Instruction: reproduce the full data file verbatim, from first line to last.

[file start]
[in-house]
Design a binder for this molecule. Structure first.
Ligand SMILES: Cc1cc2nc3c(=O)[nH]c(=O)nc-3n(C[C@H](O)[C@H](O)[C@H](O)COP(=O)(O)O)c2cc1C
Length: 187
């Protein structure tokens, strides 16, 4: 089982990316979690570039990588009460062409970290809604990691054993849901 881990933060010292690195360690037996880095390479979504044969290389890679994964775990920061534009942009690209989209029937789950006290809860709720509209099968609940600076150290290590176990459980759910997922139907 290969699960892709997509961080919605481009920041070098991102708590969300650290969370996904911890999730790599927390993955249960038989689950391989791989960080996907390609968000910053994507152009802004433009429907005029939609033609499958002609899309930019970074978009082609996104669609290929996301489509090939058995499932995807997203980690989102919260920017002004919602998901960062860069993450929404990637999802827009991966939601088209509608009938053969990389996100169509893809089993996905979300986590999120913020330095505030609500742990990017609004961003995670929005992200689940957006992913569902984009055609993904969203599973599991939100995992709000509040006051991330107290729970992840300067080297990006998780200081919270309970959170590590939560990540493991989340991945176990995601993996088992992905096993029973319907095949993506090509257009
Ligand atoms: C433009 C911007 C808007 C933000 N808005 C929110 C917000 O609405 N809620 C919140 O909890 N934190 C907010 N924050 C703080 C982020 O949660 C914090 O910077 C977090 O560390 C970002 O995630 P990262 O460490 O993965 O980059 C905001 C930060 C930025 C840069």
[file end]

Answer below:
[in-house]
Design a binder for this molecule. Structure first.
Ligand SMILES: Cc1cc2nc3c(=O)[nH]c(=O)nc-3n(C[C@H](O)[C@H](O)[C@H](O)COP(=O)(O)O)c2cc1C
Length: 187
């Protein structure tokens, strides 16, 4: 089982990316979690570039990588009460062409970290809604990691054993849901 881990933060010292690195360690037996880095390479979504044969290389890679994964775990920061534009942009690209989209029937789950006290809860709720509209099968609940600076150290290590176990459980759910997922139907 290969699960892709997509961080919605481009920041070098991102708590969300650290969370996904911890999730790599927390993955249960038989689950391989791989960080996907390609968000910053994507152009802004433009429907005029939609033609499958002609899309930019970074978009082609996104669609290929996301489509090939058995499932995807997203980690989102919260920017002004919602998901960062860069993450929404990637999802827009991966939601088209509608009938053969990389996100169509893809089993996905979300986590999120913020330095505030609500742990990017609004961003995670929005992200689940957006992913569902984009055609993904969203599973599991939100995992709000509040006051991330107290729970992840300067080297990006998780200081919270309970959170590590939560990540493991989340991945176990995601993996088992992905096993029973319907095949993506090509257009
Ligand atoms: C433009 C911007 C808007 C933000 N808005 C929110 C917000 O609405 N809620 C919140 O909890 N934190 C907010 N924050 C703080 C982020 O949660 C914090 O910077 C977090 O560390 C970002 O995630 P990262 O460490 O993965 O980059 C905001 C930060 C930025 C840069």